Margaret Lawrence

June 1, 2003
Honorary Degree Citation

It is a joy and privilege to join the graduates of the Class of 2003 in your commencement celebration. More than a few years ago I participated, from the audience, in two other commencement celebrations, at Swarthmore, in which my two daughters were graduates. One of them loaned me the title of her book, A Gathering of Gifts. Perhaps it was a permanent loan.

On the 22nd of April, 2002, the 66th anniversary of my own graduation, I traveled to Cornell for its year-long diversity program. What would students and even faculty like to hear about me?

Thinking of my train trip to Cornell in September 1932, seventy years before, I recalled not a few fearful thoughts about the student life which I anticipated. In April 2002, with the less-fearful wisdom of some eighty-seven years, I mused, "what if I had asked myself in 1932, 'are there gifts of my own which I bring to this fine institution, Cornell?'"

I did speak to the 2002 Cornell audience of the gifts brought by me to the Cornell campus in 1932, even generational gifts. At your graduation, I now charge you to have a major concern for your own gifts, from this day forward. I refer to gifts, which I might speak of as ego strengths, in a slightly different audience.

Anna Freud once called our attention to the fact that even our ego strengths can be buried so deeply in "our level of unawareness," more familiarly our unconscious, that they, our ego strengths, may not be wholly available to us. If this is true, getting acquainted with our gifts will require some work.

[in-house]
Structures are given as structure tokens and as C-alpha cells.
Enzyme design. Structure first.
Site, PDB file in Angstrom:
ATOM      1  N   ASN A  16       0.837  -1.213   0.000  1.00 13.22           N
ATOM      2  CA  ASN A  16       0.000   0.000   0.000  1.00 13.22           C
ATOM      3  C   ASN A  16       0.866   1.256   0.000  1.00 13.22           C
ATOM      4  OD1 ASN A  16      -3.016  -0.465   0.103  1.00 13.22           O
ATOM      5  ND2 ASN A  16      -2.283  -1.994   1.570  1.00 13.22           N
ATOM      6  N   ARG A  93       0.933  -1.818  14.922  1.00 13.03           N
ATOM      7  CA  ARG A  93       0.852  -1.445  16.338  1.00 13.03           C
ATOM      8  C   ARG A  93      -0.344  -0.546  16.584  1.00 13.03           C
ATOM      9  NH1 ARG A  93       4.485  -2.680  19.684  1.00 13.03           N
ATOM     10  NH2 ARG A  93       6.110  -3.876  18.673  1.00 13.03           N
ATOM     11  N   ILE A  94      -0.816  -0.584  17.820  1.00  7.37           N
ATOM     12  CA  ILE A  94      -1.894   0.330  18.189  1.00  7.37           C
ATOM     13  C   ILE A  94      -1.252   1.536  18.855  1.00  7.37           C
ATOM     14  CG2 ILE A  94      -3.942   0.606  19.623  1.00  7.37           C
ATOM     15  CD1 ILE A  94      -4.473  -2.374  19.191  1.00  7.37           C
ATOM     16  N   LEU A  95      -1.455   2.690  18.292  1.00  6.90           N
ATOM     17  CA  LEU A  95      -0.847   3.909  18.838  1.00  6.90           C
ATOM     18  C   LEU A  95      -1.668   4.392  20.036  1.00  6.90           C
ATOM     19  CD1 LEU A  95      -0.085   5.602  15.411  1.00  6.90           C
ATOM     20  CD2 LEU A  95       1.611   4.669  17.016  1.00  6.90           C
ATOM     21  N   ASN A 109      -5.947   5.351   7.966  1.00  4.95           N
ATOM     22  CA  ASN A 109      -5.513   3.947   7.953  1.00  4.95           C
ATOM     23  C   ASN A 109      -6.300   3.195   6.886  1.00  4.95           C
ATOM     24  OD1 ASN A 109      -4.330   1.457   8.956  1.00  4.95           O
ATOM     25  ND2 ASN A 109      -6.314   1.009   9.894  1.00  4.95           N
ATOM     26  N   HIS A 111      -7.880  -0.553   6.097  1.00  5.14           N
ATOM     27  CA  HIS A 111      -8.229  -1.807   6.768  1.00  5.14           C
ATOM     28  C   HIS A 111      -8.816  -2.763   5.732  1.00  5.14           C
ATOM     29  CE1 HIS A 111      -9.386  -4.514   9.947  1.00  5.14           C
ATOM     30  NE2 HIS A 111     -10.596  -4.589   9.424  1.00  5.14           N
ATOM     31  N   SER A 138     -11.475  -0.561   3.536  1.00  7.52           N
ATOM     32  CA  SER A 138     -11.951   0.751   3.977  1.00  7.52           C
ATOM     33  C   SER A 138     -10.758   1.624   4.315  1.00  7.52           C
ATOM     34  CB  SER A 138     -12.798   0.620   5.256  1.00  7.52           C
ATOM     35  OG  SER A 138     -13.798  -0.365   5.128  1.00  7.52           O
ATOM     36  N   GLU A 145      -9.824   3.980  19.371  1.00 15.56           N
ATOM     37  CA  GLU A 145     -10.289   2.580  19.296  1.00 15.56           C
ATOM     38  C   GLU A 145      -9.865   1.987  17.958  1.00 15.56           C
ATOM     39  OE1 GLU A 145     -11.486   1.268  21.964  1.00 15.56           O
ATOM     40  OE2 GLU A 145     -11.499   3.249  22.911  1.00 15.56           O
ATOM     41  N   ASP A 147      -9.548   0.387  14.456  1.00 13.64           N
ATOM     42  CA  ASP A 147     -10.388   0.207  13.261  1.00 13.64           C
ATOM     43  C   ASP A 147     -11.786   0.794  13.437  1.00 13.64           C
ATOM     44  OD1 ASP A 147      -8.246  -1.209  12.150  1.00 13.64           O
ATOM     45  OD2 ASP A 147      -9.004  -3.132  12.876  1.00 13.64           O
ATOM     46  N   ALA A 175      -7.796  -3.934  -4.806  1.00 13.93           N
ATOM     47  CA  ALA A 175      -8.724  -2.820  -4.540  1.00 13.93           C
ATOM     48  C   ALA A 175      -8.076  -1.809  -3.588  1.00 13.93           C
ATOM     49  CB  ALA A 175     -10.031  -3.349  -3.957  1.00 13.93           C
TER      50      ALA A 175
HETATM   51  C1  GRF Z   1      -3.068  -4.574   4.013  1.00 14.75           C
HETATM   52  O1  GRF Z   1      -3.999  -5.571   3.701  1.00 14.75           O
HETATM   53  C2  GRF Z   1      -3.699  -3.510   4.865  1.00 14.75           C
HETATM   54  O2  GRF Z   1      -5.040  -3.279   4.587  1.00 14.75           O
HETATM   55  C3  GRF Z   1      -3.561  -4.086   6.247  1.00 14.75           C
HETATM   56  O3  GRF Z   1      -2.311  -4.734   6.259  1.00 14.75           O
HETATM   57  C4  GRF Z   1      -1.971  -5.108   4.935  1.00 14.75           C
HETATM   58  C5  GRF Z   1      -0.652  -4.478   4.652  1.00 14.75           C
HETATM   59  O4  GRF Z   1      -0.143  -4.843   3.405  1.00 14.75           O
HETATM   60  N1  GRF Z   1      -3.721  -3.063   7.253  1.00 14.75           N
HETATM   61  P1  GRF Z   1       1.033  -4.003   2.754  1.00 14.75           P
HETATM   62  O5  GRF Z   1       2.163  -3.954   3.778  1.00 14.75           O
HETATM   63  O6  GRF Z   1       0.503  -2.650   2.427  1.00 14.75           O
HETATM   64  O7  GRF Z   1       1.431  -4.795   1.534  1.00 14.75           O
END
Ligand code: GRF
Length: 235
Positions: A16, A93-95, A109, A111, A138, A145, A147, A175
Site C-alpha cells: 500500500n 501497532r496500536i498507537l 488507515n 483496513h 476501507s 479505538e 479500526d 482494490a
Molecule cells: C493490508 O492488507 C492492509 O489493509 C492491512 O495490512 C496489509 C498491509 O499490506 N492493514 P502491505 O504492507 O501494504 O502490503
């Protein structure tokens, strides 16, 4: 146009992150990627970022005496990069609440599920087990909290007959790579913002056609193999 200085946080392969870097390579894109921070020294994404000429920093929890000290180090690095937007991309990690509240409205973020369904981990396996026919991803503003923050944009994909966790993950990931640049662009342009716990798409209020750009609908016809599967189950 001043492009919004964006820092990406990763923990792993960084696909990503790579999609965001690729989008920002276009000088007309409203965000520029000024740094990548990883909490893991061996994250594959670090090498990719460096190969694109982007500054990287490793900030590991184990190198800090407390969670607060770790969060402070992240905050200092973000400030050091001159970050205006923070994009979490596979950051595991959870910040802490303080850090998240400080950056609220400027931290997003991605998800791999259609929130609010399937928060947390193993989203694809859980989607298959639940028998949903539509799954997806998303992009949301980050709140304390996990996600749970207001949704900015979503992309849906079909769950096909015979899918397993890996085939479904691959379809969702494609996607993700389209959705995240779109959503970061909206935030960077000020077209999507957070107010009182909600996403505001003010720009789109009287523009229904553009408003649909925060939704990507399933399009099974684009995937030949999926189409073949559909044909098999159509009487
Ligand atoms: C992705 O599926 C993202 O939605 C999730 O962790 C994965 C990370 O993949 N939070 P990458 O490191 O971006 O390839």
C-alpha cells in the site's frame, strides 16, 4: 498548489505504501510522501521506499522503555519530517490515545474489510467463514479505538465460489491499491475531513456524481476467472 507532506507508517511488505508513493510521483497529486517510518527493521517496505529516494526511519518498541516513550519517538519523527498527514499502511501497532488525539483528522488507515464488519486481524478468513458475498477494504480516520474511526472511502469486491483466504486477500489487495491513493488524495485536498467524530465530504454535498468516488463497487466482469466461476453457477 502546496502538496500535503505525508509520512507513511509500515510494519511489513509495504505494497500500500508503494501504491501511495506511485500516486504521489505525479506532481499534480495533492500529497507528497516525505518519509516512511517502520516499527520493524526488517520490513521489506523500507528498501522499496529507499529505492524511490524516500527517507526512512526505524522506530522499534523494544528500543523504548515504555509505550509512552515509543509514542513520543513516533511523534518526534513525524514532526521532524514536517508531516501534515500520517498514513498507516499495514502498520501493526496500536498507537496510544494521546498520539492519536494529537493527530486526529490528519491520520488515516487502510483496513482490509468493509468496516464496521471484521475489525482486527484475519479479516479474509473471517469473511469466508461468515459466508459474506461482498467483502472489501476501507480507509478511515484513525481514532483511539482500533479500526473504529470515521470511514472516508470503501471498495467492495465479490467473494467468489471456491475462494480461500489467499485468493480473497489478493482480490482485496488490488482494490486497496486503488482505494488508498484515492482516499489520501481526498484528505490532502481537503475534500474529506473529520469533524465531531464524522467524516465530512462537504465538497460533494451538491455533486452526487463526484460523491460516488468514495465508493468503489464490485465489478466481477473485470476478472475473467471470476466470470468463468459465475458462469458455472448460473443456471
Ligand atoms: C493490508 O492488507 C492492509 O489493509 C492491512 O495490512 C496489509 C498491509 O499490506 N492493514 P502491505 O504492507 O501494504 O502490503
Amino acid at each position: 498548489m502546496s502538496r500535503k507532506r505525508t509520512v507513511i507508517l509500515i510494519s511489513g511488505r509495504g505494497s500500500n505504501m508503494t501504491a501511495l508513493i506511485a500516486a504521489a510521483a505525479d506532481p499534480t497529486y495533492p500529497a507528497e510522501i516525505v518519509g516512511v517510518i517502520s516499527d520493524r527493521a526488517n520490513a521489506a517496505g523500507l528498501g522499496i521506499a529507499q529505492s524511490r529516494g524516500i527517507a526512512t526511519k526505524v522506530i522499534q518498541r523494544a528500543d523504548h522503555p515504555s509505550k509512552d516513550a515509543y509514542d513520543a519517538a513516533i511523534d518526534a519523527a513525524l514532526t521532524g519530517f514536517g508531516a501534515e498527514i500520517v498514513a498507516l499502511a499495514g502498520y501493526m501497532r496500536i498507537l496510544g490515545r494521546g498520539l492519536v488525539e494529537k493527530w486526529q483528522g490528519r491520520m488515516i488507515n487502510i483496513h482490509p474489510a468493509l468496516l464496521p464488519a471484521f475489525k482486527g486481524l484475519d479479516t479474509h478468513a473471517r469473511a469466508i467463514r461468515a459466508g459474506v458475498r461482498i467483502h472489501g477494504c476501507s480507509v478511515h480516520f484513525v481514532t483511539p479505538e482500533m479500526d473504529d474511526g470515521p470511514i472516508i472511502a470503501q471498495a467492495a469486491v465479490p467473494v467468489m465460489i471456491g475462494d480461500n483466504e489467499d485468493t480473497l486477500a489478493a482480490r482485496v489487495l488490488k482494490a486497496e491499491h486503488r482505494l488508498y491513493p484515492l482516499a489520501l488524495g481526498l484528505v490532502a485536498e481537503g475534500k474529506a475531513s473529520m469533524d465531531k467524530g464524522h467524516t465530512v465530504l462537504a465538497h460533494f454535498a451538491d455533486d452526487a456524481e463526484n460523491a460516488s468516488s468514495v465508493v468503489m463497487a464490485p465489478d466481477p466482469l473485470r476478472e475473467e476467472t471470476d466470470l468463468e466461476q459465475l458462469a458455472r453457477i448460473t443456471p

Identifying one's own gifts means that you are able to use them for your own growth and enhancement. And in addition you may use them in the world, in your relationship with others, both personal and work-life. There will be myriad opportunities to assist others in calling forth their gifts. You can easily see how this process of identifying gifts builds on itself.

Viola Bernard, Perry Ottentberg, and Fritz Redl spoke of self-humanization and humanization of others as opposed to de-humanization. These authors, as long ago as 1964, wrote of the urgent need to develop the "psychic antidotes of re-humanization." By re-humanization they meant, "to counteract the intensified callousness toward human worth and suffering resulting from the advances in modern technology and the push-button aspects of nuclear warfare."

I do charge you with the responsibility for the identification and the development of your own gifts, and for preparing to share them in our troubled world. When you came to this fine institution, Swarthmore, you brought them with you.

For my presence today, thank you.